Crown Land

It was an old hat, but only just, held together by sweat and sheer determination. It was hardworking and weather-beaten, just like its owner. Fitting perfectly, it moulded itself to George’s head, so well in fact, it would stay on in a strong wind or on a fast moving motor bike. Not a belonging or an item of apparel, but an extension of him. He never looked himself without that old hat.

It once was beige with a brown band, but now was brown all over. The brown of years of perspiration stains, dirt and dust. Of crop sprays and animal dips, milk, blood and dung. There were holes in the crown, the band was only just holding together and bits of the wide brim were gone altogether, but still it did its job. It was impossible to tell how old it was. That old hat looked ancient, but hard work can do that to the young.

It worked seven days a week and in all weather. Drenched by pouring rain and baked by blistering sun. Working at all hours, from early morning when it was still dark and full udders had to be milked, and all through the night, when the irrigation gates had to be opened and closed around the clock. It never got a day off, a holiday or even a sick day. It had seen drought and flood. That old hat had endured hard times and in good times had worked extra hours planning and stockpiling for the next rough patch. Present when new life came into the world, and when life faded away. And sometimes it had to sight down the barrel of a gun, when a life and death decision had to be made.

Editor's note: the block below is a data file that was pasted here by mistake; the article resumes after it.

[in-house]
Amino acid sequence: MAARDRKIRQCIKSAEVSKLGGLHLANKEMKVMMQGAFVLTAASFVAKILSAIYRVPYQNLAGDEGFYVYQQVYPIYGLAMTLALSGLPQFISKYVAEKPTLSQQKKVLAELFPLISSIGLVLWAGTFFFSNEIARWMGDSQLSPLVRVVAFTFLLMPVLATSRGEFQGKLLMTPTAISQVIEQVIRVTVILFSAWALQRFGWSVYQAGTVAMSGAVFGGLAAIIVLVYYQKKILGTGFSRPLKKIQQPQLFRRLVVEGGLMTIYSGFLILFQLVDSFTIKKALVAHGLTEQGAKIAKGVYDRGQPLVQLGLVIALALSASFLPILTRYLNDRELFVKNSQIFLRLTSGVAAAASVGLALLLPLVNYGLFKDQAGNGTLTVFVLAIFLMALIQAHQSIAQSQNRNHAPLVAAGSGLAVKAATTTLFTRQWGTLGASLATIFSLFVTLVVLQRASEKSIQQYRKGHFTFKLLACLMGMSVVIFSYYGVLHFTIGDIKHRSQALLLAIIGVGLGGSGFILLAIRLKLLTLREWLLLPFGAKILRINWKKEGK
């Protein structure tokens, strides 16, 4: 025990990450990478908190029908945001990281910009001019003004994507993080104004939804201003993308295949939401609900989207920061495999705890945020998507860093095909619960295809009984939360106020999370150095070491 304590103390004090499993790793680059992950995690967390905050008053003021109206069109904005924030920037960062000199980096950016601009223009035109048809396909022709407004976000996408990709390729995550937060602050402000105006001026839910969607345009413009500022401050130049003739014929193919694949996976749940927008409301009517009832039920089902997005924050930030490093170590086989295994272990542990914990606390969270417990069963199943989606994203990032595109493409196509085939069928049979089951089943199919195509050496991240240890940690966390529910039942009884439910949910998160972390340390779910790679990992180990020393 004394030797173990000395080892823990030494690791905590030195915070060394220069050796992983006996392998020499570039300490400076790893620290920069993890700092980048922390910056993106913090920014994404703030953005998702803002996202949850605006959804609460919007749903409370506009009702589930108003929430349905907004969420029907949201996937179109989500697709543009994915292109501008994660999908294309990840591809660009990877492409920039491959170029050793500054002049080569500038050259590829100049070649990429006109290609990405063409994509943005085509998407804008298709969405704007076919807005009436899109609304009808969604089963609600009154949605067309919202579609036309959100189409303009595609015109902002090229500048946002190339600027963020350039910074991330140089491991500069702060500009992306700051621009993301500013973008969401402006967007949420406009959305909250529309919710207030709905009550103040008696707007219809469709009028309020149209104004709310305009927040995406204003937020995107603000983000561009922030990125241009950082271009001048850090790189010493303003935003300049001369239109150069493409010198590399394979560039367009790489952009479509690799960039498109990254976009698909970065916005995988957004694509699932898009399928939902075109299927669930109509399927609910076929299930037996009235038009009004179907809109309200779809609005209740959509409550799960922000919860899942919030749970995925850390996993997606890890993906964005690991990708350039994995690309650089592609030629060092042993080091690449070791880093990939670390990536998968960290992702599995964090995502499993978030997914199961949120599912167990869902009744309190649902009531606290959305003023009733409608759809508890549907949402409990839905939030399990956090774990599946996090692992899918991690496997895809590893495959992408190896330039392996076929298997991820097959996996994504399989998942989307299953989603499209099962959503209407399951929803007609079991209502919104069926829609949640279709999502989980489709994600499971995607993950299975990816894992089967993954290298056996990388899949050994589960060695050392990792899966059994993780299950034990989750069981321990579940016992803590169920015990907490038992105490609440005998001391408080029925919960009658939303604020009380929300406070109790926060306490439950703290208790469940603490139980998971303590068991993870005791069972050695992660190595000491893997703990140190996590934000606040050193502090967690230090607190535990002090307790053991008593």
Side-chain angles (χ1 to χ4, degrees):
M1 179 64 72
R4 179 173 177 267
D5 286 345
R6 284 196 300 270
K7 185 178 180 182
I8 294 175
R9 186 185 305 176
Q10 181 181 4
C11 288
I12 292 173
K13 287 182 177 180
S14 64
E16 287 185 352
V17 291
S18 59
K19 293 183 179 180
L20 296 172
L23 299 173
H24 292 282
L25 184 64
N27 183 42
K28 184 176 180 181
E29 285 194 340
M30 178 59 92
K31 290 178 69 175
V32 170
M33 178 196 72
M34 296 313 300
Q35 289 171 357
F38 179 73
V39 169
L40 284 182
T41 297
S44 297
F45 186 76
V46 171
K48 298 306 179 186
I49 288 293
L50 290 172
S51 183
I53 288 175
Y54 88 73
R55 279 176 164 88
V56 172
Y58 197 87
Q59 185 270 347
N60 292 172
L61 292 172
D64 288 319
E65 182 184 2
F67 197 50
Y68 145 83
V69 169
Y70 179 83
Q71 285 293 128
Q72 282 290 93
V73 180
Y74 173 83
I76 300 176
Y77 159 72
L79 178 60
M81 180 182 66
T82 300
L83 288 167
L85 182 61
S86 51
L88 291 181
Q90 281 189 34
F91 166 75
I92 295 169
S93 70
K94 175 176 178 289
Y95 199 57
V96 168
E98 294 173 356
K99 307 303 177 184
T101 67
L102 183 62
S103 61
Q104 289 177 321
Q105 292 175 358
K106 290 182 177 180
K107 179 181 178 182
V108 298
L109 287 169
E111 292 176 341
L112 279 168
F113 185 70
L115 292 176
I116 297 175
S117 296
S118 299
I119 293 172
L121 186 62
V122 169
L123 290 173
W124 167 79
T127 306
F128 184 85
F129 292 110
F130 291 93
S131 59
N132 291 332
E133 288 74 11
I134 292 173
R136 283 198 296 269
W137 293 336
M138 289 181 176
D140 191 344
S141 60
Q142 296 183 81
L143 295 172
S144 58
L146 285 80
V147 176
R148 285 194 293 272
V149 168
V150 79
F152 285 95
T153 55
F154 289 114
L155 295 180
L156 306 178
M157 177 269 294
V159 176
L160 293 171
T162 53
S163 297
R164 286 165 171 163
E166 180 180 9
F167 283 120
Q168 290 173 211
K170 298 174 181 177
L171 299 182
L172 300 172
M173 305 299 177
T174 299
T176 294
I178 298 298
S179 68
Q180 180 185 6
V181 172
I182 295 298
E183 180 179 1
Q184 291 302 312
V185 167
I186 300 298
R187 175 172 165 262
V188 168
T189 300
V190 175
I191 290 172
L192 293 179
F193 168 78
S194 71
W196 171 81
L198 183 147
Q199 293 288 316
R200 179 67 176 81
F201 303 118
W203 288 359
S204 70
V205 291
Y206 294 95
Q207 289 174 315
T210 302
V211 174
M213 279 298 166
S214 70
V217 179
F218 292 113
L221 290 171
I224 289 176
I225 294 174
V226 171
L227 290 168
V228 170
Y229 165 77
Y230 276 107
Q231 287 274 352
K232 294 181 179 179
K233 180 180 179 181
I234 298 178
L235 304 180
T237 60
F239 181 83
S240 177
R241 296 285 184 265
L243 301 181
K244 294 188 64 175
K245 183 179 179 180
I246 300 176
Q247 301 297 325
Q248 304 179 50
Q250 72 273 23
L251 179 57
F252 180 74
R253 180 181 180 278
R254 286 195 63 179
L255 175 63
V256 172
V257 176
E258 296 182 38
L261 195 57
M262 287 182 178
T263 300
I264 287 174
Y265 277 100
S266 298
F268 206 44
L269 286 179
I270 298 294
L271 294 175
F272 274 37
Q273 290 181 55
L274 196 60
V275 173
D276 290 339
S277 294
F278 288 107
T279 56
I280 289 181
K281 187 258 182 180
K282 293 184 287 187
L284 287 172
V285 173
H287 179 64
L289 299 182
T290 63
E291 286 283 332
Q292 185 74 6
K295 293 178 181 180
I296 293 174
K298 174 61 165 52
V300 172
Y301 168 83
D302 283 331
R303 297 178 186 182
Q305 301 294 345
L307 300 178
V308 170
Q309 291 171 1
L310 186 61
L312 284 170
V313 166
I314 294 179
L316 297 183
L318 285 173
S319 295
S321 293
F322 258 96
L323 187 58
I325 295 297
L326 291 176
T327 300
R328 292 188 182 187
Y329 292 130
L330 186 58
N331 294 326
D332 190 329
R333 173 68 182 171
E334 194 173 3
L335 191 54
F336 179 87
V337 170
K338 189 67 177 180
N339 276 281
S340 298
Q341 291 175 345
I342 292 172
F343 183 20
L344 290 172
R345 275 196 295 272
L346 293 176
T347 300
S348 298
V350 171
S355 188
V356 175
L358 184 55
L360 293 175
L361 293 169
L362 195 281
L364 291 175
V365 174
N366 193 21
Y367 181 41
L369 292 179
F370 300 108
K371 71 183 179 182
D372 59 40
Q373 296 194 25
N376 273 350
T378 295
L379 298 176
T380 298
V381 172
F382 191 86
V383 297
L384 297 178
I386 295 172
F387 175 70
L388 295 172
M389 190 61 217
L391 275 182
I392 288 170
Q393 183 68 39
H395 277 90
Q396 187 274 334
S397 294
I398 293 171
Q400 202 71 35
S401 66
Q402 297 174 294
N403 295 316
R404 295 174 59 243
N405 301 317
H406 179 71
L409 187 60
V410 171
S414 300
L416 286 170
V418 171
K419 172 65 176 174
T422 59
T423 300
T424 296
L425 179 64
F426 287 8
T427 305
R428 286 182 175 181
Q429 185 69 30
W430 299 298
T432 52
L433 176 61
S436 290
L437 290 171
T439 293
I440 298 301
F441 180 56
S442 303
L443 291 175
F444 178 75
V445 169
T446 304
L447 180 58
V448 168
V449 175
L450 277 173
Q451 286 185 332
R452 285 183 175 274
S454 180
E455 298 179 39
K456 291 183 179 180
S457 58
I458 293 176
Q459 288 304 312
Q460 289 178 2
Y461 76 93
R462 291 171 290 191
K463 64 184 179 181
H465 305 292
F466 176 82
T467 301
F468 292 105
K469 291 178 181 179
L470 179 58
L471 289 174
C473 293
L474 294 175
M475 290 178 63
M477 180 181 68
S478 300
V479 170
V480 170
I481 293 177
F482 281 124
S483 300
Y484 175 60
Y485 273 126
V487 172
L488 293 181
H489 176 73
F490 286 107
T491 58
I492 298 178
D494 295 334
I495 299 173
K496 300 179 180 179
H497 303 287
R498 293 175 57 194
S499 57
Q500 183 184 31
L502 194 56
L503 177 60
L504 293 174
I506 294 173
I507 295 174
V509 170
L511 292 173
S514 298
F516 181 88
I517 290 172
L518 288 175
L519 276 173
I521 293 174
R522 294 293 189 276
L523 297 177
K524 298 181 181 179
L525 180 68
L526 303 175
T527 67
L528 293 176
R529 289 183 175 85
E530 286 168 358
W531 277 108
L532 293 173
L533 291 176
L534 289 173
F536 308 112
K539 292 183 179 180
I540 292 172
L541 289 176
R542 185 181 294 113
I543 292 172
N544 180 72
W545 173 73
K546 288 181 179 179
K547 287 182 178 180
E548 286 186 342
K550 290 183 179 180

Of course, there were other hats. The one that was only worn with a suit, to church, to weddings and funerals. There was the blinding white hat that lived on the shelf in the back of the car and was worn at lawn bowls tournaments. And there was the good hat, a younger version of the old hat that was worn into town when there was business to be done. It would one day become the old hat. But not yet. There was still life in the old hat. Life and plenty of soul. Soul that it had absorbed from its owner. And soul that it had absorbed from his land.